Dorian Merina Reporter/ Producer, Take Two
Dorian Merina is Reporter/ Producer for KPCC's Take Two show.
Dorian is an L.A. native but he’s lived and reported from many places, including New York, Manila and Jakarta. A former teacher and artist (he still writes poetry!), Dorian started in journalism in 2006, writing for a variety of publications. He then went on to get his masters at the Columbia School of Journalism while working at WNYC, producing show segments and reporting.
More recently, he served as an anchor and producer for the Free Speech Radio News, but took a break from there in 2010 to be a Fulbright Scholar in the Philippines. He relied on archival research and field recording to document indigenous oral poetry, called Laji, on the Batanes Islands there.
As many of his former colleagues have noted, Dorian has an ability to detect and report on those people and places that do not get a lot of coverage in the news. He speaks both Spanish and Tagalog and is a self-proclaimed soccer nut.
Stories by Dorian Merina
Surfing. Street art. Hip hop. Topics not typically part of the news that comes from Africa, but that's the point of a new series of short films part of a project called My Africa Is.
This week, scientists and coastal residents across the United States are drawing attention to the importance of local waterways, called estuaries.
The Los Angeles Community College District is the largest in the nation with its fair share of problems, but Chancellor Francisco Rodriguez is optimistic.
The nation's immigration courts face an unprecedented backlog of cases. Much of that strain falls on the judges, who ultimately decide who can stay and who cannot.
L.A. courts more than 46,000 cases the L.A. courts are currently dealing with. L.A. has the largest share of pending immigration cases, making it the busiest jurisdiction in the country.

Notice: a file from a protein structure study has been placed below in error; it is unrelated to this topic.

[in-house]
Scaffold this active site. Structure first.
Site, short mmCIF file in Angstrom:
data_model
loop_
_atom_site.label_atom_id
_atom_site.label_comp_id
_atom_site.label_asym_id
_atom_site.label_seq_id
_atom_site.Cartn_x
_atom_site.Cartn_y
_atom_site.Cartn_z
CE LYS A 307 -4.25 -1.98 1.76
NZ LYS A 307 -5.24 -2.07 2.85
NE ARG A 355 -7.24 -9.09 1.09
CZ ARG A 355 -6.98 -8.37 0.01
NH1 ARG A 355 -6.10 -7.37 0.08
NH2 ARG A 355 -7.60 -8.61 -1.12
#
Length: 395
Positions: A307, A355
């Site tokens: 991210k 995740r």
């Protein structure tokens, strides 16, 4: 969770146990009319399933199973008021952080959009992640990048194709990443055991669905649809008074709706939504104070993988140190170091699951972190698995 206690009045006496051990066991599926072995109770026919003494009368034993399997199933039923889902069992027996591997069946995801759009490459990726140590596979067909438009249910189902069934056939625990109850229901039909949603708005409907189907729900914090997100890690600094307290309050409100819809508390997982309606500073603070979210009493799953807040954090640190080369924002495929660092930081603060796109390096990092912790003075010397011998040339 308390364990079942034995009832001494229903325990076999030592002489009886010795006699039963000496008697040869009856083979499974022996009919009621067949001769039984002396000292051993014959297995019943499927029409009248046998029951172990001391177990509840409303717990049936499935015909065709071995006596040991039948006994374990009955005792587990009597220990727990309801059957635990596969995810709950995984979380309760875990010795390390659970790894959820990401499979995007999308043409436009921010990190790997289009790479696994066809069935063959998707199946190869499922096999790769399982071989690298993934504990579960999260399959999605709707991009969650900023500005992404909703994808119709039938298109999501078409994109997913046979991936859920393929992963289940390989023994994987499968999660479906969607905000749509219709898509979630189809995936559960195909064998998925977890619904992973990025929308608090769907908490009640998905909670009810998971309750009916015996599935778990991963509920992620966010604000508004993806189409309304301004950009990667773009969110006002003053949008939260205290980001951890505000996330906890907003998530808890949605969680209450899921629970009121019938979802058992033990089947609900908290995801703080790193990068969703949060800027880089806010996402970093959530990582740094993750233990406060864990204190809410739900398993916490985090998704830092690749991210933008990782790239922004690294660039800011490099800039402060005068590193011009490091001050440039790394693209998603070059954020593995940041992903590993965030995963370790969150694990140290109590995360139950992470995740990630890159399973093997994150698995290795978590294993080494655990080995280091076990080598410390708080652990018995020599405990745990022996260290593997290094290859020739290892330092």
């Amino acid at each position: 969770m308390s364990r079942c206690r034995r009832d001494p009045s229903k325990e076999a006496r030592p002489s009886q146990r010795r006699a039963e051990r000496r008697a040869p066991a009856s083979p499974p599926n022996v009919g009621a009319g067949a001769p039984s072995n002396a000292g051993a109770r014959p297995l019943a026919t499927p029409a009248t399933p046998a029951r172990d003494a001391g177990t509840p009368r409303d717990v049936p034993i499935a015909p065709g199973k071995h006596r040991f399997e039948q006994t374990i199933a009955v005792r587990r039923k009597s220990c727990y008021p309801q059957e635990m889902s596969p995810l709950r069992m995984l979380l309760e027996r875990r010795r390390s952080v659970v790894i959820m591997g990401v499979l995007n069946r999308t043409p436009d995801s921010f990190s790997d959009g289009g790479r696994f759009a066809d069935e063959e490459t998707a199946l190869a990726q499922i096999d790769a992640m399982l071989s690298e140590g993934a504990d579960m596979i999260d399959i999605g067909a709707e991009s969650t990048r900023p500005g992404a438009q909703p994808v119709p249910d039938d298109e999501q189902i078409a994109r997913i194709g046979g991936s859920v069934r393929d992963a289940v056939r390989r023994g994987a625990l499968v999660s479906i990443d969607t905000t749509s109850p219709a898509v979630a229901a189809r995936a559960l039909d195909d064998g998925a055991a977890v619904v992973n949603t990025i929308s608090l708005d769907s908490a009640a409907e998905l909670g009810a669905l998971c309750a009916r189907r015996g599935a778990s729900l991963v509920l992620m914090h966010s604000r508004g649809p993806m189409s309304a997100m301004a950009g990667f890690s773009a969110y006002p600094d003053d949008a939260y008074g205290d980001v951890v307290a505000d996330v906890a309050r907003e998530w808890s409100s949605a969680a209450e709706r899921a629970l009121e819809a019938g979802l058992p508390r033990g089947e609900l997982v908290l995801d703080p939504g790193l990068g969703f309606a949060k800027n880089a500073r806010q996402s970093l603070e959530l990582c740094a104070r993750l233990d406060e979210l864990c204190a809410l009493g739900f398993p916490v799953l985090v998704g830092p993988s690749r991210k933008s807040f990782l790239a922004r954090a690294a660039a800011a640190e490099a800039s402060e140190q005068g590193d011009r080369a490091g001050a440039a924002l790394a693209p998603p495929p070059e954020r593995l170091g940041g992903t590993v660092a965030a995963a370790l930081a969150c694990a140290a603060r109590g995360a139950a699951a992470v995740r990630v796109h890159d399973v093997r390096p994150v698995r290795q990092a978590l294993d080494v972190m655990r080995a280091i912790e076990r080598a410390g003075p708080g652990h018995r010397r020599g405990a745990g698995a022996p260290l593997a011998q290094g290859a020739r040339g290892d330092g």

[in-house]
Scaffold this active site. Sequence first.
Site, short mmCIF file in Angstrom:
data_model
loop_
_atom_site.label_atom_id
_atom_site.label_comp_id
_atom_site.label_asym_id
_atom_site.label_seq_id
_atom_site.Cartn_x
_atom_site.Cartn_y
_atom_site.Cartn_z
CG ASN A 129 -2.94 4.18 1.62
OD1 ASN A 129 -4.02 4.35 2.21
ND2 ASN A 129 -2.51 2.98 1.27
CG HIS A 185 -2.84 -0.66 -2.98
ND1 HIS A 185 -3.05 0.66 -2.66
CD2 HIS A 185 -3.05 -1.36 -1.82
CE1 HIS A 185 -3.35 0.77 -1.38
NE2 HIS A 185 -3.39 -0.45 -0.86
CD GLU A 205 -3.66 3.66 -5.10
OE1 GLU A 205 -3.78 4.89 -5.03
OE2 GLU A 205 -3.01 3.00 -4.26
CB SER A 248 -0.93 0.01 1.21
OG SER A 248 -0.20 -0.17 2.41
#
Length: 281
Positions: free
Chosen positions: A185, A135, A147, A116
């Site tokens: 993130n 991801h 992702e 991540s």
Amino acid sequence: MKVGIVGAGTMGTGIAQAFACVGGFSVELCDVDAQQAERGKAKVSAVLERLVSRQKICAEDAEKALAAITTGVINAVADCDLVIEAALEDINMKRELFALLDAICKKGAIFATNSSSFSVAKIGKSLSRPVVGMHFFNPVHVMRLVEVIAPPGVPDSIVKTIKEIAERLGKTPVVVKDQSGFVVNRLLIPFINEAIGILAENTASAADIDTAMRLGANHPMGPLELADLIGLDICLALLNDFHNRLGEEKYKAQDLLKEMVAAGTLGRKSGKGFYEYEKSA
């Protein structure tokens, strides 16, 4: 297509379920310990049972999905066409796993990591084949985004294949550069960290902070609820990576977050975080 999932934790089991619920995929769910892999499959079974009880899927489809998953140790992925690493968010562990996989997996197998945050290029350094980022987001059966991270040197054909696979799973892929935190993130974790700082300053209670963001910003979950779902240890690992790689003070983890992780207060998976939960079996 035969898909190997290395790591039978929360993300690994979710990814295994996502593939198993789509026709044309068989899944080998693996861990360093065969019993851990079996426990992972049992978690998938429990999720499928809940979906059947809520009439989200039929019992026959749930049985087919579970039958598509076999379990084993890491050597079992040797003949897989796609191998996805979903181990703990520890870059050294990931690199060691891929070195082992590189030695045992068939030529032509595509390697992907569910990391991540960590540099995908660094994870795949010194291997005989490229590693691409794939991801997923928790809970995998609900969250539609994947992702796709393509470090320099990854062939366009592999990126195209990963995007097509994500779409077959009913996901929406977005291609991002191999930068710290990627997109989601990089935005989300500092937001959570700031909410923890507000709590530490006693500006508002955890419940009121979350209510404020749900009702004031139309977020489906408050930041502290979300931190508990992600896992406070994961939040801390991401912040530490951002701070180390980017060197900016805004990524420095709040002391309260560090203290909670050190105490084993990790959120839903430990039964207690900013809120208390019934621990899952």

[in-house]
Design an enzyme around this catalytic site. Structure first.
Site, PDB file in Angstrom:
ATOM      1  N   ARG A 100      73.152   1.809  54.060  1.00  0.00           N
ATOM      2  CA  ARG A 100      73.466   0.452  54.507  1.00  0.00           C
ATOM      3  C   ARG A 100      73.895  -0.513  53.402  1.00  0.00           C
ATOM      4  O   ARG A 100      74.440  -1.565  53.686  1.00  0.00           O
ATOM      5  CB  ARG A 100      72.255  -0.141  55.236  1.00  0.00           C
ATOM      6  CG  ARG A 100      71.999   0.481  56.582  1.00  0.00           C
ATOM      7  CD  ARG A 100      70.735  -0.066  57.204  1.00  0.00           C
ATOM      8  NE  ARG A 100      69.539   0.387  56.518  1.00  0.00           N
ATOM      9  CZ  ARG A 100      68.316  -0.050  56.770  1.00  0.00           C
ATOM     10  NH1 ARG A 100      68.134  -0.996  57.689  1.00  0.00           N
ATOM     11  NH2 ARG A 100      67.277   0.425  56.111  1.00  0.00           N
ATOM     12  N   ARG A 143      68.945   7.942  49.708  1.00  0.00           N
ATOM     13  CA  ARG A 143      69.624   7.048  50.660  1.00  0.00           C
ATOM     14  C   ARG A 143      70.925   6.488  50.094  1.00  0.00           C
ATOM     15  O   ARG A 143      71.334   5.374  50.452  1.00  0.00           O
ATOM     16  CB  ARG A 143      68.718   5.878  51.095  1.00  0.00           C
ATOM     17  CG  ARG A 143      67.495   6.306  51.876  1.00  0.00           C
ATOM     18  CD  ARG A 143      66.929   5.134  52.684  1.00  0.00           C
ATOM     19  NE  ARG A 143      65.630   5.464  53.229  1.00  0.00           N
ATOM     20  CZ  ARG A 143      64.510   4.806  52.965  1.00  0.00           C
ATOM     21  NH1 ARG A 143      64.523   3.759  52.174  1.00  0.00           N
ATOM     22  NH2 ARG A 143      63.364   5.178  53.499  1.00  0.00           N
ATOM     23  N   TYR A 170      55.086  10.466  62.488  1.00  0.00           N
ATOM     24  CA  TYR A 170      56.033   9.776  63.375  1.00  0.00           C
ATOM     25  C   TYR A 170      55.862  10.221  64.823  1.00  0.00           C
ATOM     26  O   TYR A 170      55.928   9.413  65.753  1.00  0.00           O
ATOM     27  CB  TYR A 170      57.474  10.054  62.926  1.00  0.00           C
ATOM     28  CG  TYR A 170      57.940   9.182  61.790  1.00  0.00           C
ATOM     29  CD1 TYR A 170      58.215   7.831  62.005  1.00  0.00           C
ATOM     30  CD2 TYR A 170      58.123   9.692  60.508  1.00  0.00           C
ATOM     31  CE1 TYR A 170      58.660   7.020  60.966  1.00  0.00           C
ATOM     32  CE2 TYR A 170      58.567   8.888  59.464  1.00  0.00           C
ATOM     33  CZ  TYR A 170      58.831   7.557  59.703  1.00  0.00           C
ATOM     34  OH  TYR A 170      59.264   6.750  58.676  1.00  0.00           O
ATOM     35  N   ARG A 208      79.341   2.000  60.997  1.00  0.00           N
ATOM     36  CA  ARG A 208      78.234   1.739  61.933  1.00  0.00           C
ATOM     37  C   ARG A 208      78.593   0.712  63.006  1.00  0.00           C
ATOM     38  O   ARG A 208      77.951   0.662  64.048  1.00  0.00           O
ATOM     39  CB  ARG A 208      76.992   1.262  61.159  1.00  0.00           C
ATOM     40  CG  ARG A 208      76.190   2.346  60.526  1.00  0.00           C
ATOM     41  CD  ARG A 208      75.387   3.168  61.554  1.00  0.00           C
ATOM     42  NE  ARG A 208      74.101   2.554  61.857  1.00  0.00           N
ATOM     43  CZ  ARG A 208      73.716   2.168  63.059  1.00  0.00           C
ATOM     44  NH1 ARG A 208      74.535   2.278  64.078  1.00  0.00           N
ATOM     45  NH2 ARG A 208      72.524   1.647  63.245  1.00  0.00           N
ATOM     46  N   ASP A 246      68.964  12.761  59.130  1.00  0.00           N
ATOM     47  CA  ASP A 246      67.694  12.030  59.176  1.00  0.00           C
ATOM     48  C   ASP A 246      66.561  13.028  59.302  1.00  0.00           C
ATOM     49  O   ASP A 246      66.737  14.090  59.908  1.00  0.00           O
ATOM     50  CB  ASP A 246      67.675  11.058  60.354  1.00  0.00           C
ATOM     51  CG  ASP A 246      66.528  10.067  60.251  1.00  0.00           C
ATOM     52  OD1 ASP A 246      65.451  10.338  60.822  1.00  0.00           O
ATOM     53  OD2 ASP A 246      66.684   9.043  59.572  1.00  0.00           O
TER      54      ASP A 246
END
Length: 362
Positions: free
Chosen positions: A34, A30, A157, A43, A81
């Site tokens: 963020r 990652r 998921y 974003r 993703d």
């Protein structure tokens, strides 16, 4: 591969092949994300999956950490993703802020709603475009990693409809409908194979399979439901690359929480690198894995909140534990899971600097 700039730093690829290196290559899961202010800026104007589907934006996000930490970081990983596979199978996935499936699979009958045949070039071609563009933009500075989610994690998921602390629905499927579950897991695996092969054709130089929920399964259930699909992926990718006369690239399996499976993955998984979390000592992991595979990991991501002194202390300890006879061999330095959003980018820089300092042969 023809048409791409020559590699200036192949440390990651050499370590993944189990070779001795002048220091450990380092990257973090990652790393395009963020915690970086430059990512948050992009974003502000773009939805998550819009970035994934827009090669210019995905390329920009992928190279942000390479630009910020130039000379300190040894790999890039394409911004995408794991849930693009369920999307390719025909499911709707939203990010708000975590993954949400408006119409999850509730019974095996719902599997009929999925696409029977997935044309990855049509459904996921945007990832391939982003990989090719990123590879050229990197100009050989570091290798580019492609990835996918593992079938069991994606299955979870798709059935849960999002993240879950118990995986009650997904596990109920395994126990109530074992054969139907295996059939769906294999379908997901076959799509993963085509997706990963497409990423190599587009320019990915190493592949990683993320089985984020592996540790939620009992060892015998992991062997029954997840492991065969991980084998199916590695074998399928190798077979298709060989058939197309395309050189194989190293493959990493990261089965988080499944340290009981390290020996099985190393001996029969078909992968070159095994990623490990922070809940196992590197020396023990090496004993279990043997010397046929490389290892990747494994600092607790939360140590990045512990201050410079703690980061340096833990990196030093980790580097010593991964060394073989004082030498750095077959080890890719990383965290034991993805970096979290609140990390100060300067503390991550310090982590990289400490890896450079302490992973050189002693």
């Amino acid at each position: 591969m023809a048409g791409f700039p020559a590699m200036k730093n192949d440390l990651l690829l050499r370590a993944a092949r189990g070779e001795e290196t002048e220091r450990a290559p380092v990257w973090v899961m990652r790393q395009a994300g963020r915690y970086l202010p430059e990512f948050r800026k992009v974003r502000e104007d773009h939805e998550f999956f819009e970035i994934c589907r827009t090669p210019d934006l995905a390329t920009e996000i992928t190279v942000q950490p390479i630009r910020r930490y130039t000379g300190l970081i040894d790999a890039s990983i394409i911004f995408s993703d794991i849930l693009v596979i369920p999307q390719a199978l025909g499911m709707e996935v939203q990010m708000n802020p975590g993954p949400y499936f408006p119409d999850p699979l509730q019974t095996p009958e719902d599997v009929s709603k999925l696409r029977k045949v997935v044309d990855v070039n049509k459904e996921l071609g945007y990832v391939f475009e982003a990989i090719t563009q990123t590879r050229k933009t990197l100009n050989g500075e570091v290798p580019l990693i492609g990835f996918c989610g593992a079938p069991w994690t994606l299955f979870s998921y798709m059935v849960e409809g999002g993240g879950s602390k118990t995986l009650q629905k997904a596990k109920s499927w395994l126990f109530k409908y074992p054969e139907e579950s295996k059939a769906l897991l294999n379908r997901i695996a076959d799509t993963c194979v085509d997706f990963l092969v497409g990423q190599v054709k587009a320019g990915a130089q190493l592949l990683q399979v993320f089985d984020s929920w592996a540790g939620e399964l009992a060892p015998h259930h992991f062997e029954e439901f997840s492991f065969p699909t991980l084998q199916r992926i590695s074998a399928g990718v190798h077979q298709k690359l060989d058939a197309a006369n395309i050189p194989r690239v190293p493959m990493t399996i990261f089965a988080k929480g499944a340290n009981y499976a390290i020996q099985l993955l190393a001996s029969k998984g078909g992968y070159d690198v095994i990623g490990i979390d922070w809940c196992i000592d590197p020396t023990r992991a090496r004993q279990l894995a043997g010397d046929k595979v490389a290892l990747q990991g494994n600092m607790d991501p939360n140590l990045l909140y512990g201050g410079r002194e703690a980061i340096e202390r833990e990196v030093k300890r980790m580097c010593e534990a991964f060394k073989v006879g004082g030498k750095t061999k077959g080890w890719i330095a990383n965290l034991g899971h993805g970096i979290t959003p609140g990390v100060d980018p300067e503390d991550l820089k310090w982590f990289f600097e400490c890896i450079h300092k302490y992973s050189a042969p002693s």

What do LA's top graffiti artists have in common with a rare, 17th-century text found in the Getty's rare book collection? As it turns out, plenty.
Photojournalist Lara Aburamadan and her husband, Jehad, have been live-streaming the view from their 11th floor apartment for the world to see.
Former U.S. national player John O'Brien scored one of the most memorable goals in U.S. World Cup history: a first strike against Portugal in 2002, which ignited a celebration and a run to the quarter-finals.
Emicida is putting Brazilian hip-hop on the world map as well, raising hot topics such as poverty, wealth and social progress in his music.
As Brazil's World Cup nears the midway point, attention moves to Rio de Janeiro. The city will host the all-important final game on July 13 at the historic Maracana Stadium.
Recent incidents at the World Cup of anti-gay chants and racist behavior from fans caused many to call on FIFA to investigate.
If you tune in to see the U.S. play Ghana today, you may be watching more than just an opening game: you could be getting a glimpse at the future of U.S. soccer.
In the latest installment in our series on L.A.'s communities as viewed through the lens of the World Cup, KPCC talks with Mexico fans for whom it's a way of life.
The sport, known as football throughout the world, has a long and fascinating history in Brazil.
Tens of thousands of people in Hong Kong poured into the streets today to mark the 25th Anniversary of Tiananmen Square. But in Beijing, Chinese authorities sharply restricted access to the site and enforced a virtual blackout online.